The only operation that is usually always performed on the card 305 in the exemplary embodiments is signing with a private key. Ultimately, this is the only calculation that is potentially time-consuming compared to other calculations.

Server Authentication Process 400

As described above with reference to FIG. 3, the network server 315 performs a server authentication process 400 to authenticate the subscriber based on the received Autn parameter and to calculate the Autn 'parameter, which the network server 315 uses in its authentication by the subscriber.

4 is a flowchart describing one example implementation of a server authentication process 400 for use by a network server 315 in an IMS network. As shown in FIG. 4, first in step 410, the network server 315 uses its private key to decrypt A and restore the key K s from the received Autn parameter as a means of restoring other parameters.

Then, at step 420, the server authentication process 400 proceeds to decrypt B with the key K s and restore the subscriber ID Id. After receiving the identifier, the network server 315 checks whether there is an entry in the catalog of registered subscribers indicating this identifier, and if so, checks whether the registration of the subscriber or the provision of any other service specified in the particular protocol message containing this parameter. Network server 315 also retrieves the subscriber certificate (unless it is required for the subscriber to transmit the certificate, as described above). If there is no recording, processing stops and, depending on the network security strategy, an event may be recorded, or in case of server overload, a system attack may be reported in order to interrupt the normal user service.

At step 430, the network server 315 proceeds with restoring the once-used freshness number and determines if there is a possibility of a security breach by replacing the original. For example, if a timestamp is used, the network server 315 checks to see if it is in an acceptable time window. Similarly, if a sequence number is used (such as a sequence in the AKA algorithm), the network server 315 also checks to see if its value is in an acceptable range (and, if not, can initiate a sequence change procedure in AO 310). If a negative result is obtained, processing stops and, depending on the network security strategy, an event can be logged, or in case of server overload, a system attack may be reported in order to interrupt normal user service, especially if there is an obvious sign of a security breach by replacing the original.

At step 440, the network server 315: a) decrypts the Subscriber’s public key (extracted from the subscriber’s certificate); b) calculates the result of hashing A | B; and c) compares the values obtained in stages a) and b). If these values differ, it is believed that the message was distorted and an event could be recorded, or in case of server overload, a system attack could be reported in order to interrupt the normal user service (this stage may precede step 3).

Then, at step 450, the network server 315 proceeds to recover the IK and SC. At this point, the authentication of the subscriber 310 in the network is completed, and the network has the same information that it would have had in case of authentication using the AKA protocol.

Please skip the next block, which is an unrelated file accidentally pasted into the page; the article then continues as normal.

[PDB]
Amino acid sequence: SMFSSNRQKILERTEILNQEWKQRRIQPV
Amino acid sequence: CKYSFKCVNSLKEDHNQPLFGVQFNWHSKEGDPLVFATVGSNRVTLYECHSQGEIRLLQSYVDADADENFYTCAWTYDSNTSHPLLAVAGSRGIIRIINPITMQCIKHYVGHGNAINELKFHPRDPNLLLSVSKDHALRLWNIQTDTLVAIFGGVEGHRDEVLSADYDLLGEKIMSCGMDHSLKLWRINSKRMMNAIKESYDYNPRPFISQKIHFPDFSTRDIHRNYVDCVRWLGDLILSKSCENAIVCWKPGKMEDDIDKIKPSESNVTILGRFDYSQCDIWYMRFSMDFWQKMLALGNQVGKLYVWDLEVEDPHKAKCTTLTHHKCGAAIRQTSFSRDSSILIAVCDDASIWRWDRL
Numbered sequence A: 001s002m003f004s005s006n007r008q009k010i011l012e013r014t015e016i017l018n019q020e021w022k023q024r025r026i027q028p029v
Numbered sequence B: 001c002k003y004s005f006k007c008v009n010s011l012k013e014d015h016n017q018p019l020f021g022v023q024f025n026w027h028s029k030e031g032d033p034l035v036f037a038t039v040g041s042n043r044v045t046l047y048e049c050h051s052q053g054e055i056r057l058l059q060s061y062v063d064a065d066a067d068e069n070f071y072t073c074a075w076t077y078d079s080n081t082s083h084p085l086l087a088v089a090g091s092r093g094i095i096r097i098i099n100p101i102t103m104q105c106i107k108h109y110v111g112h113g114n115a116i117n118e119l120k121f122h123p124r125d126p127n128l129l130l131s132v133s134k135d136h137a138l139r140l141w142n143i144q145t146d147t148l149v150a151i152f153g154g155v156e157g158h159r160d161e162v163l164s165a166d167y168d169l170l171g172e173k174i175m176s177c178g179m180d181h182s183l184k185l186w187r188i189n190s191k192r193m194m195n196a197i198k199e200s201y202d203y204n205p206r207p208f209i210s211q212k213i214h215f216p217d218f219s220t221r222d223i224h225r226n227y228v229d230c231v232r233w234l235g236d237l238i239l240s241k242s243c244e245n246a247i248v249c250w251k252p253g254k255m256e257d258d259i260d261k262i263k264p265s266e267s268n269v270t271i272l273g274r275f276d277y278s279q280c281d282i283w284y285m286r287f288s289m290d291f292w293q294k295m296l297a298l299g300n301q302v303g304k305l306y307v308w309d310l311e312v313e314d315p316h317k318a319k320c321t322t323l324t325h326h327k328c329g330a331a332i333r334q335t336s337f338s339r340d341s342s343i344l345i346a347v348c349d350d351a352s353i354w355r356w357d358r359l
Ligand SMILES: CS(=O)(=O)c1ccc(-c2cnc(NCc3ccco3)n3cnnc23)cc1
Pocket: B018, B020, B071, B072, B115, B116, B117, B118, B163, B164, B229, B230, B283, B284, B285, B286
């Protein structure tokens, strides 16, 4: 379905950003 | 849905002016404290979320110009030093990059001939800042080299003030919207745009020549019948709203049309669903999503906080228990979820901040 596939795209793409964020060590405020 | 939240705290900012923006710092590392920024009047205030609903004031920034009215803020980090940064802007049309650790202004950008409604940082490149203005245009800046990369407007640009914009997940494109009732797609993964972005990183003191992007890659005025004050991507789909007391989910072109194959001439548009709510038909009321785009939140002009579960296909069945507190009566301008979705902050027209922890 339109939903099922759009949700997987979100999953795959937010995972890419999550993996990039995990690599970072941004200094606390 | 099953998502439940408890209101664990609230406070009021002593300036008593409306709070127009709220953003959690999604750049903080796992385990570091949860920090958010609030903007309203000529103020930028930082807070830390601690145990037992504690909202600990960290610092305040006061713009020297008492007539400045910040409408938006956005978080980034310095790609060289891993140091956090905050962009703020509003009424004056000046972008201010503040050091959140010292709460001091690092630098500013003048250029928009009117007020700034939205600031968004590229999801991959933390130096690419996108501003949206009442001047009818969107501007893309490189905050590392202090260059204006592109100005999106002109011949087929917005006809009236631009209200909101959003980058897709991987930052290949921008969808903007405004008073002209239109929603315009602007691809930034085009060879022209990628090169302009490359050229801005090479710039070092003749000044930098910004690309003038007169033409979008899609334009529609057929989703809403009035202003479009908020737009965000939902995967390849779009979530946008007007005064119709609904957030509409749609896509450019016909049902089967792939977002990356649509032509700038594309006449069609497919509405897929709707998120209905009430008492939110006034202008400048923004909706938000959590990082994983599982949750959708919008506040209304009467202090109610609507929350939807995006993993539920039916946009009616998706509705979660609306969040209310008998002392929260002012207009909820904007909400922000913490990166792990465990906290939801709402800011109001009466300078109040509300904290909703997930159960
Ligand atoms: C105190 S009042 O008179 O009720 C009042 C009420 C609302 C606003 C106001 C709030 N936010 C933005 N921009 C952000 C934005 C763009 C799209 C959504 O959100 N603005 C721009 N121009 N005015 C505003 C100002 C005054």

For the purpose of its authentication by the subscriber (and effective confirmation of the successful authentication of the subscriber), at step 460, the network server 315 calculates Autn 'parameters according to the following equation;

Autn '= N pr {U pu [freshness + 1]},

wherein

1) U pu [...] means encryption with the public key of the subscriber U pu contained in the certificate of the subscriber, and

2) N p {...} means the operation of signing a network with an individual signature key: first, calculate the result of the hashing (such as SHA2) of the argument, then encrypt the result with this key, and finally concatenate it with the argument.

Having a signature provides a solution to two problems: firstly, protecting the integrity of the message, and secondly, more importantly, proof that the message came from the network.

Output

Among other benefits, the present invention provides predominantly complete advance communication secrecy in the IMS network due to the fact that the communication secrecy is no less than in the case of the existing authentication mechanism in the IMS network (AKA). The present invention also makes it possible to use authentication mechanisms present in the AKA using other factors (such as the SQN sequence number), if desired by the network operator. The present invention also provides security to the subscriber due to the fact that the subscriber ID does not need to be transmitted in unencrypted form. Finally, in the present invention, only absolutely necessary calculations can be performed on the smart card by identifying the inefficiencies of such calculations.

Although FIGS. 3 and 4 show one example of a sequence of steps, in one embodiment of the present invention, the sequence may also be changed. As alternative embodiments, various transformations of the algorithm are provided.

Although embodiments of the present invention have been described with reference to processing steps performed by a software system program, it is clear to those skilled in the art that various functions can be digitally implemented as processing steps performed by a software system program, circuit elements, or state machines hardware or in the interaction of software and hardware. Such software can be used, for example, in a digital signal processor, microcontroller, or universal computer. Such hardware and software may be embodied in circuits implemented in an integrated circuit.